Rare white rhino dies in Kenya, only six remain

A picture taken in October 2004 shows the northern white rhinoceros Fatu (centre) at the Dvur Kralove zoo, east Bohemia. A male white rhinoceros, called Suni, who was born in Dvur Kralove zoo in 1980 died at Kenya's ol Pejeta Conservancy reserve, the
A picture taken in October 2004 shows the northern white rhinoceros Fatu (centre) at the Dvur Kralove zoo, east Bohemia. A male white rhinoceros, called Suni, who was born in Dvur Kralove zoo in 1980 died at Kenya's ol Pejeta Conservancy reserve, the zoo said on Oct 18, 2014. -- PHOTO: AFP

NAIROBI (REUTERS) - A rare northern white rhino has died in Kenya, a wildlife conservancy said on Saturday, leaving just six of the animals left alive and bringing the famed African species one step closer to extinction.

While there are thousands of southern white rhinos still roaming the plains of sub-Saharan Africa, decades of rampant poaching have drastically cut northern white rhino numbers.

Suni, a 34-year-old who was the first northern white rhino to be born in captivity, was found dead on Friday by rangers at the Ol Pejeta Conservancy, about 250km north of Nairobi.

The conservancy said Suni was not poached, but the cause of his death was unclear. It added that he was one of the last two breeding males in the world as no northern white rhinos are believed to have survived in the wild.

"Consequently the species now stands at the brink of complete extinction, a sorry testament to the greed of the human race," the conservancy said in a statement.

The Kenya Wildlife Service vets will conduct a post-mortem in the coming days, the conservancy added.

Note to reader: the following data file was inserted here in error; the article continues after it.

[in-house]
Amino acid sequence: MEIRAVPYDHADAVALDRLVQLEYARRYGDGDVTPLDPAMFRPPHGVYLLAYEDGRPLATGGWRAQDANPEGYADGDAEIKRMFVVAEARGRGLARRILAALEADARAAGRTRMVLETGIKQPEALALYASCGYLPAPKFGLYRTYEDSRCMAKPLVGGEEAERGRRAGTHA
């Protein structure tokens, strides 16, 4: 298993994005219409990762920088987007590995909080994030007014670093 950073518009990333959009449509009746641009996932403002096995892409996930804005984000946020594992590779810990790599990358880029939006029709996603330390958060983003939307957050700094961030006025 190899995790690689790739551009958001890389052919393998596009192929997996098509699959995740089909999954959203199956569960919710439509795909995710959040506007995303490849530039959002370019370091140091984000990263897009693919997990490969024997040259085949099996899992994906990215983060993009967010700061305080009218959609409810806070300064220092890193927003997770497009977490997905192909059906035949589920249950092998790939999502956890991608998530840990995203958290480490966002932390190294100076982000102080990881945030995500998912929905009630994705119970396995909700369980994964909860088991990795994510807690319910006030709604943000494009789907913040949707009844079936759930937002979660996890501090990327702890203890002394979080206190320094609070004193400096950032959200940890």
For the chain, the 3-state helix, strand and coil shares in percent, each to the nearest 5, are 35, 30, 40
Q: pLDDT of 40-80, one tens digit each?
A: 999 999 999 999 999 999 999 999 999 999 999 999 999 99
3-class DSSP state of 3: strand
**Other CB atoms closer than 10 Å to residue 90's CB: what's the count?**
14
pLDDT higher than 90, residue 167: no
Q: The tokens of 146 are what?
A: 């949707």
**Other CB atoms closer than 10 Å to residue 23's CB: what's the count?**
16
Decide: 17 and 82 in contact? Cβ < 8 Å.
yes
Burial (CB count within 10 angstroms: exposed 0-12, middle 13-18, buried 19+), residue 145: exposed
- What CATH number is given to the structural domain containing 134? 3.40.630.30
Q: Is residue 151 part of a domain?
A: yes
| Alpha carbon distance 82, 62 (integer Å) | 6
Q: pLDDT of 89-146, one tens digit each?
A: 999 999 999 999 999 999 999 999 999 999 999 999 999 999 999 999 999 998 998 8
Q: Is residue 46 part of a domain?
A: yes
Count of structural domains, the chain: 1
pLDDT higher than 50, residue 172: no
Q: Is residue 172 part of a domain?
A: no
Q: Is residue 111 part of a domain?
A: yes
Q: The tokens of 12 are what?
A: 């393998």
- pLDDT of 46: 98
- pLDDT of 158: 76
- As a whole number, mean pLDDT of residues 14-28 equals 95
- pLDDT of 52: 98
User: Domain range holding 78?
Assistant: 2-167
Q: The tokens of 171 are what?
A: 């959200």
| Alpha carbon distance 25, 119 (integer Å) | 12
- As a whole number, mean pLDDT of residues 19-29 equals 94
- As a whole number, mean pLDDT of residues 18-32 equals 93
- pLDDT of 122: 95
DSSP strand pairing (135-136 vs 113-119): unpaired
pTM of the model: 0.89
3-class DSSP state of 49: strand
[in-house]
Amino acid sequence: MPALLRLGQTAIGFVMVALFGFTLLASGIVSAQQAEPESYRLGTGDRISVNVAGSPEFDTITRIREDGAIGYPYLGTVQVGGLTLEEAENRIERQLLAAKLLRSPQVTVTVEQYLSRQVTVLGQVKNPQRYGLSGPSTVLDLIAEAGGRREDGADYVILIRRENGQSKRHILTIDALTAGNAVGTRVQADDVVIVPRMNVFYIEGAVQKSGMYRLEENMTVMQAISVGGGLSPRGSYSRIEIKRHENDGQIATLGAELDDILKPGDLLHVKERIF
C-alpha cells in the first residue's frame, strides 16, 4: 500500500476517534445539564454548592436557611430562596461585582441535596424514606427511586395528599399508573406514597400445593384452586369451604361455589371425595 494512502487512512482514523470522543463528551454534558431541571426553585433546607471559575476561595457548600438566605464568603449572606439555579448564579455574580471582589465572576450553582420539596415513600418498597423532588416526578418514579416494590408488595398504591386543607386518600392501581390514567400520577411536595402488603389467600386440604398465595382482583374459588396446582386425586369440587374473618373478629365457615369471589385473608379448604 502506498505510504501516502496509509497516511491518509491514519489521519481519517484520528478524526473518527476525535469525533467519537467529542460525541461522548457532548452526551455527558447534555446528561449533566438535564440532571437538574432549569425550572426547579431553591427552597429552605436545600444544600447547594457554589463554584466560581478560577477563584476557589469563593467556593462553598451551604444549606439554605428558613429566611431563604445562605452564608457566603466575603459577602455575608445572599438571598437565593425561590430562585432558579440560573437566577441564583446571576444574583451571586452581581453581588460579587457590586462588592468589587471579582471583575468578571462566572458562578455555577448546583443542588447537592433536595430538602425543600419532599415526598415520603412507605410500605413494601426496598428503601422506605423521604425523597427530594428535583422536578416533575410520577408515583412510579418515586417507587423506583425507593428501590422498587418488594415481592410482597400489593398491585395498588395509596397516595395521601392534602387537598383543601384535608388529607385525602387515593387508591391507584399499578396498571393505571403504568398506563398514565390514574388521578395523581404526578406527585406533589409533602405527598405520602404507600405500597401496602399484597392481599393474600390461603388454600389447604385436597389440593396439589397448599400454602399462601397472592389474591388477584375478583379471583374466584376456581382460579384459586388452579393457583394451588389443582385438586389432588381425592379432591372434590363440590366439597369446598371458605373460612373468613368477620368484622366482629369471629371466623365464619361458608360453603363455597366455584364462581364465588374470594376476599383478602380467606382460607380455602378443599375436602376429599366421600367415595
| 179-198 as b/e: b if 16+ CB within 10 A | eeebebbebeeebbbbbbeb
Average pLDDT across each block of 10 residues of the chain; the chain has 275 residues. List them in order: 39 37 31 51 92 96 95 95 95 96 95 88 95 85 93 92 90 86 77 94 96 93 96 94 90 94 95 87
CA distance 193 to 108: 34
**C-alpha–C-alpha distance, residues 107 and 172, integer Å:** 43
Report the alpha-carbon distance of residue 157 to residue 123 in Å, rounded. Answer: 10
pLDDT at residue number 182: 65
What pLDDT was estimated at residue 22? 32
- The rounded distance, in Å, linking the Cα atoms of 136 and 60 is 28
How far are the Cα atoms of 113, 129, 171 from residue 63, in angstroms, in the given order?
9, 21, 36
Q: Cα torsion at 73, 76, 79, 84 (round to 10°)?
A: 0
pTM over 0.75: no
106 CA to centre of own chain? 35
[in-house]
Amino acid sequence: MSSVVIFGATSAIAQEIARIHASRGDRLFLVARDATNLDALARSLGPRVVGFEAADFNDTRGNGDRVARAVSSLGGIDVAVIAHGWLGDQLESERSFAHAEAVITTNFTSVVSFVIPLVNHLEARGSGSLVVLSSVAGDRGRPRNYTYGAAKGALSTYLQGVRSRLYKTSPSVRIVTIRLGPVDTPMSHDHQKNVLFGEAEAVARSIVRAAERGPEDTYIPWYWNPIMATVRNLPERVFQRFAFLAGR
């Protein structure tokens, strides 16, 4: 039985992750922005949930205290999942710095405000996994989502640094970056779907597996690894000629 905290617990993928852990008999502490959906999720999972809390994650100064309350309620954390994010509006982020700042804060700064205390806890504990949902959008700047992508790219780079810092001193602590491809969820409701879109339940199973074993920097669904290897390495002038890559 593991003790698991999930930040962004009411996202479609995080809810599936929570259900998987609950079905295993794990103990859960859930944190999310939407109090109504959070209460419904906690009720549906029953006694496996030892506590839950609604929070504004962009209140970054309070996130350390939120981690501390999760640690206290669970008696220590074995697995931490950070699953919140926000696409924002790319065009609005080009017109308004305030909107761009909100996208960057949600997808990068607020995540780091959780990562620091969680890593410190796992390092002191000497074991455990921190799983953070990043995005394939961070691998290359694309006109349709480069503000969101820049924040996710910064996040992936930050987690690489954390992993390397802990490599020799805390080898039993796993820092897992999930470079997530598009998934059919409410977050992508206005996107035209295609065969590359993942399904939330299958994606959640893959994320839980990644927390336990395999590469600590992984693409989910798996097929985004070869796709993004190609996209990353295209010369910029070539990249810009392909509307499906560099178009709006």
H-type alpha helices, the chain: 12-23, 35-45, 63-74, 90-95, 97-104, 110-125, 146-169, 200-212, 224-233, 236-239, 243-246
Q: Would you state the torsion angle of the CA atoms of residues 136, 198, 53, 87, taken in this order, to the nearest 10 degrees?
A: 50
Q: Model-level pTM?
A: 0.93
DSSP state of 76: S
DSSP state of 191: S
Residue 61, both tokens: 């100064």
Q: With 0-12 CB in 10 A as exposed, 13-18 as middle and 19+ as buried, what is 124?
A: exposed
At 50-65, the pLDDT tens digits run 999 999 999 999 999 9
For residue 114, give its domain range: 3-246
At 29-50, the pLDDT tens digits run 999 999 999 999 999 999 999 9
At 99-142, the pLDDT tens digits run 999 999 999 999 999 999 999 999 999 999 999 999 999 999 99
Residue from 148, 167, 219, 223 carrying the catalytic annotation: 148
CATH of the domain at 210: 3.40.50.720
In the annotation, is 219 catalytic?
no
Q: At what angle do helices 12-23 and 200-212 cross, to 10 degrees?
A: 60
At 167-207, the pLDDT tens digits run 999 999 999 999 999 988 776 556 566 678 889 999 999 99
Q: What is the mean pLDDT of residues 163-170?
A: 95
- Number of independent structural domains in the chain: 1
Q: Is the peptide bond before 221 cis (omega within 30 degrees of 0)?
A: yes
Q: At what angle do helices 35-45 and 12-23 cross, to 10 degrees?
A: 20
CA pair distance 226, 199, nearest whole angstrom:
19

Suni's father, Suit, died in 2006 of natural causes, also aged 34.

Born in the Dvur Kralove Zoo in Czech Republic, Suni was in 2009 one of the four northern white rhinos brought from that zoo to the Ol Pejeta Conservancy to take part in a breeding programme to try to prevent the extinction of the species.

Wildlife experts had hoped the 36,000ha private wildlife conservancy, framed on the equator and nestled between the snow capped Mount Kenya and the Aberdare mountain range, would offer a more favourable climate for breeding.

"We will continue to do what we can to work with the remaining three animals on Ol Pejeta in the hope that our efforts will one day result in the successful birth of a northern white rhino calf," the conservancy added.

Wildlife conservationists have struggled to reverse a decline in numbers of several African species, undermined by ferocious poaching by gangs which mostly ship the ivory to Asia.

Last year, 59 rhinos were poached in Kenya, a country famous for its sprawling Maasai Mara game park and abundant wildlife.

Rhino horn sold on the streets of major Asian cities was last year more valuable than gold or platinum, with traders asking for about US$65,000 (S$83,000) a kilo of rhino horn.